Seismogenic structure of the major collision boundary in the southeastern Taiwan

Seismogenic structure of the major collision boundary in the southeastern Taiwan
김광희; Kou-Cheng Chen; Jer-Ming Chiu; 강수영; 석봉출
Publication Year
Located at the heart of the Taiwan orogenic process, the Longitudinal Valley is thesurface representation of the plate collision and characterized by its narrow and long topographic features. Due to the oblique convergence of the Philippine Sea plate with respect to the Eurasian plate, it is widely considered the collision is in its initial stage in the southern Longitudinal Valley and Coastal Range. We explored the lateral variations of the subsurface structure due to the initiation of active collision using 3-D Vp and Vs models and relocated seismicity. High-resolution 3-D Vp and Vs models are determined using data collected by an island wide seismic network and a high-density temporary seismic network. We observe very complex structures with large lateral and vertical variations of seismic property in the study area. Velocity perturbations at shallow depths are largely corresponding to the variations in the surface geology. There is a negative velocity anomaly beneath the Western Foothills in the northwest of the study area where relatively thick sedimentary basins are found at surface. Beneath the Central Mountain Range, higher velocity anomaly becomes dominant at shallow depths where highly metamorphosed rocks are observable in the surface. Velocity anomaly further to the east beneath the Longitudinal Valley and the Coastal Range is characterized by a strong negative anomaly, which may represent the unconsolidated thick sediments observed at the surface. The overall distributions of velocity perturbations at mid-crustaldepths (~16 km) are quite different from those observed in the slice views at the shallower depth. Negative velocity is predominant in the most part at the depth including the Western Foothills and the Central Mountain Range. A narrow and long linear positive velocity anomaly is noticeable beneath the Longitudinal Valley and its southern extension. In the east of the high velocity zone, another linear feature with low velocity perturbation is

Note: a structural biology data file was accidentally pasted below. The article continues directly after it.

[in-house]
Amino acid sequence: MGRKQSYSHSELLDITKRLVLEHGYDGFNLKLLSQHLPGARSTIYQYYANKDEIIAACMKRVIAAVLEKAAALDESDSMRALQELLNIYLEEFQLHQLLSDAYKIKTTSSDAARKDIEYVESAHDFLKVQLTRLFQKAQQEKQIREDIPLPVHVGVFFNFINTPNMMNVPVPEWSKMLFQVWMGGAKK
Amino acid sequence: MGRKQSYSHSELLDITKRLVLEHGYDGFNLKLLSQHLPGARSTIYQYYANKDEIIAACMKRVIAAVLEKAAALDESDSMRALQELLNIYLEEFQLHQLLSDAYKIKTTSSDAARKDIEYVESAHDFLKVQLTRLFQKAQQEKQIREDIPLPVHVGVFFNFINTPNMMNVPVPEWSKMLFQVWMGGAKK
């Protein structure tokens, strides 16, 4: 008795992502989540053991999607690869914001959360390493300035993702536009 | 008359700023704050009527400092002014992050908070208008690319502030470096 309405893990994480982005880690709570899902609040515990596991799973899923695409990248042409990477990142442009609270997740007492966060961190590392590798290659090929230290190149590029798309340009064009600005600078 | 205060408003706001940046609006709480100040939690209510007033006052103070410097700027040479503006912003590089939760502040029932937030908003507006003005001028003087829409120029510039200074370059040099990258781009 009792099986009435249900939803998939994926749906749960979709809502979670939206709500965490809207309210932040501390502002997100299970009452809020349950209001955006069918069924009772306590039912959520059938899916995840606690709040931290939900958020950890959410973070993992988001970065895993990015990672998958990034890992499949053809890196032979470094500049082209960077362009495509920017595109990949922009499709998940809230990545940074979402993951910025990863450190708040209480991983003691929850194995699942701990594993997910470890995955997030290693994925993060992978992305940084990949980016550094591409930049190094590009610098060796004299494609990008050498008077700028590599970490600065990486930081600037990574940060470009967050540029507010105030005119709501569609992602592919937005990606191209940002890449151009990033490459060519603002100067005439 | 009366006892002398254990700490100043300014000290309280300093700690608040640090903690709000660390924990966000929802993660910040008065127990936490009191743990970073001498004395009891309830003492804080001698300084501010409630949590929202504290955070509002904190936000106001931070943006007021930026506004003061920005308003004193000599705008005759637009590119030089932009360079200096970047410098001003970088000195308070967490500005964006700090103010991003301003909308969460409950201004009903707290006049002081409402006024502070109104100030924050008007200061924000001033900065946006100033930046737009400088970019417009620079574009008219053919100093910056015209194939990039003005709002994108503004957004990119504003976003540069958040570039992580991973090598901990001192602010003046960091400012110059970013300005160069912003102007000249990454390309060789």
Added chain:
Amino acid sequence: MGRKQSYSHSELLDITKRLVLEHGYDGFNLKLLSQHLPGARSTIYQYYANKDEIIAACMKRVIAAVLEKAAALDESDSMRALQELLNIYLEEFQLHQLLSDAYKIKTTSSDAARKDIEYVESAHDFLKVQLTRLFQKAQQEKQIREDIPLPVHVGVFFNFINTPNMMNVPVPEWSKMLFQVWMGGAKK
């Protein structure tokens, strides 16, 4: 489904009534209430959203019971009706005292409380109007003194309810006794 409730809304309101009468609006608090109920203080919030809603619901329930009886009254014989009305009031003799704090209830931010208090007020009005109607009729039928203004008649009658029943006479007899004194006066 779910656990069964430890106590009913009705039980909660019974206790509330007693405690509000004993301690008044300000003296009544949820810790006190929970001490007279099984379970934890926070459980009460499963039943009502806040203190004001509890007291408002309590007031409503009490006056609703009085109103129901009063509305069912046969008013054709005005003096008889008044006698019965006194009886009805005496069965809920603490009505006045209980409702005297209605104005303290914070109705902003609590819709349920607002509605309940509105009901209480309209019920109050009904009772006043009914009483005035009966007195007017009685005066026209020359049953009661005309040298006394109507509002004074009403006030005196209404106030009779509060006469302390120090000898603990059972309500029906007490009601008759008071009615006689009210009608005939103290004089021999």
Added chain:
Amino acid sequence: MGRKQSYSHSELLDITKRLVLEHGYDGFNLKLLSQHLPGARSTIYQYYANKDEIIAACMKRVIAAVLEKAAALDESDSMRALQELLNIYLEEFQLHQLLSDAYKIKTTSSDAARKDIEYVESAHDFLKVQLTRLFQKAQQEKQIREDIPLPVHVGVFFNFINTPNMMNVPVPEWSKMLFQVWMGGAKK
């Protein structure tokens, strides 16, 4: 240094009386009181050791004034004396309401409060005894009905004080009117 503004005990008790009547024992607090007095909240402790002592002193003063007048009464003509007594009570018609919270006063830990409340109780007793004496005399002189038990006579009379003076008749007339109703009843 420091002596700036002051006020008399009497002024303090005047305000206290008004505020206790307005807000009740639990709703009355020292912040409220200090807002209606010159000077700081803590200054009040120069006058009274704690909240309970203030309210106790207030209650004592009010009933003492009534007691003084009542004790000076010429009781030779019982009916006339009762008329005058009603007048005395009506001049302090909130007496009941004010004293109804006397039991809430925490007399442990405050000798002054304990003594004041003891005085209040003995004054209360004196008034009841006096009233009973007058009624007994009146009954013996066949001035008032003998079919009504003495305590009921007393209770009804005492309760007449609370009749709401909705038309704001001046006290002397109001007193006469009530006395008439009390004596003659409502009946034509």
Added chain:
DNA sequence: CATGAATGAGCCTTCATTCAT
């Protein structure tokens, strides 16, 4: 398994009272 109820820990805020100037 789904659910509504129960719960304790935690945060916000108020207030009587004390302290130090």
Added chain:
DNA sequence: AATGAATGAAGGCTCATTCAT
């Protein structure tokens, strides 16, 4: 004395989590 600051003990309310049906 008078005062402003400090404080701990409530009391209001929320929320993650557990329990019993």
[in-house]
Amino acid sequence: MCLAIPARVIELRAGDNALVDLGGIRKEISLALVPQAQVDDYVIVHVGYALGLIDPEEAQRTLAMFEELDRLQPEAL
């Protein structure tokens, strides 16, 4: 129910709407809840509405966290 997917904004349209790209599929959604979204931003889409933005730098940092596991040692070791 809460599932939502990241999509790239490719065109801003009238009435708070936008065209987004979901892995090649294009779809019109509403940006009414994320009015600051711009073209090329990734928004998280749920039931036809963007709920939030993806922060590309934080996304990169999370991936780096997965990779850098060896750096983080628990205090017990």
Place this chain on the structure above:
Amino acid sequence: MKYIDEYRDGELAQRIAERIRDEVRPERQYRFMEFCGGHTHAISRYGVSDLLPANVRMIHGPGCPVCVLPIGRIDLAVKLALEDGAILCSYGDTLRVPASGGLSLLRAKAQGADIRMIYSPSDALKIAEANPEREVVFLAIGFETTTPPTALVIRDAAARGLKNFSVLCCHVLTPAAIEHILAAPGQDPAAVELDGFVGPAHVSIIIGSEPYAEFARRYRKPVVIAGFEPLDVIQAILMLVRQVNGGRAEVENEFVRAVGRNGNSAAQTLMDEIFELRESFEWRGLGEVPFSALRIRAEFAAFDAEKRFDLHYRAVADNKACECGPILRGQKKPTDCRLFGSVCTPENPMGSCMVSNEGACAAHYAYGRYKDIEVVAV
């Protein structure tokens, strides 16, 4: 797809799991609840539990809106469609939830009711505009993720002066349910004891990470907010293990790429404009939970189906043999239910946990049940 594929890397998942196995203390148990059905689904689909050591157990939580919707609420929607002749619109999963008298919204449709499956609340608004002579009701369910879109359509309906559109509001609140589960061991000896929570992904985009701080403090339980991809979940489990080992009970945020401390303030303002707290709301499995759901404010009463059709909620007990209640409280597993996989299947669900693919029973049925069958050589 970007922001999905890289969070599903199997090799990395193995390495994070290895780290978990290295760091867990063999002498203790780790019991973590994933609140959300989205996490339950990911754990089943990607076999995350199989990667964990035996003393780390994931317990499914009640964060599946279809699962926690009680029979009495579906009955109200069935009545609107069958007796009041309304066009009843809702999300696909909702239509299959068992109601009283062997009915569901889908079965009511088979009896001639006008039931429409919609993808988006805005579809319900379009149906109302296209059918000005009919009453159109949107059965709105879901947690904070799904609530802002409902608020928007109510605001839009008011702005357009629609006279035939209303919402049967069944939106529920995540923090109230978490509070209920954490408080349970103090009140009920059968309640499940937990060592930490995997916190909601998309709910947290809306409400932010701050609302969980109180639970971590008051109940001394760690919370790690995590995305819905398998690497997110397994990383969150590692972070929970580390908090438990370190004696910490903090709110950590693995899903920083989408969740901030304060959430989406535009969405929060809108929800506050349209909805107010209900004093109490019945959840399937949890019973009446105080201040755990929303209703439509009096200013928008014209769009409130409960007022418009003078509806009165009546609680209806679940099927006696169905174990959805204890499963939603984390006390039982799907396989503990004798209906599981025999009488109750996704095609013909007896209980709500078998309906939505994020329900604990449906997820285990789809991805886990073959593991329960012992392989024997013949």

Bibliographic Citation
2010 AGU Fall Meeting, 2010
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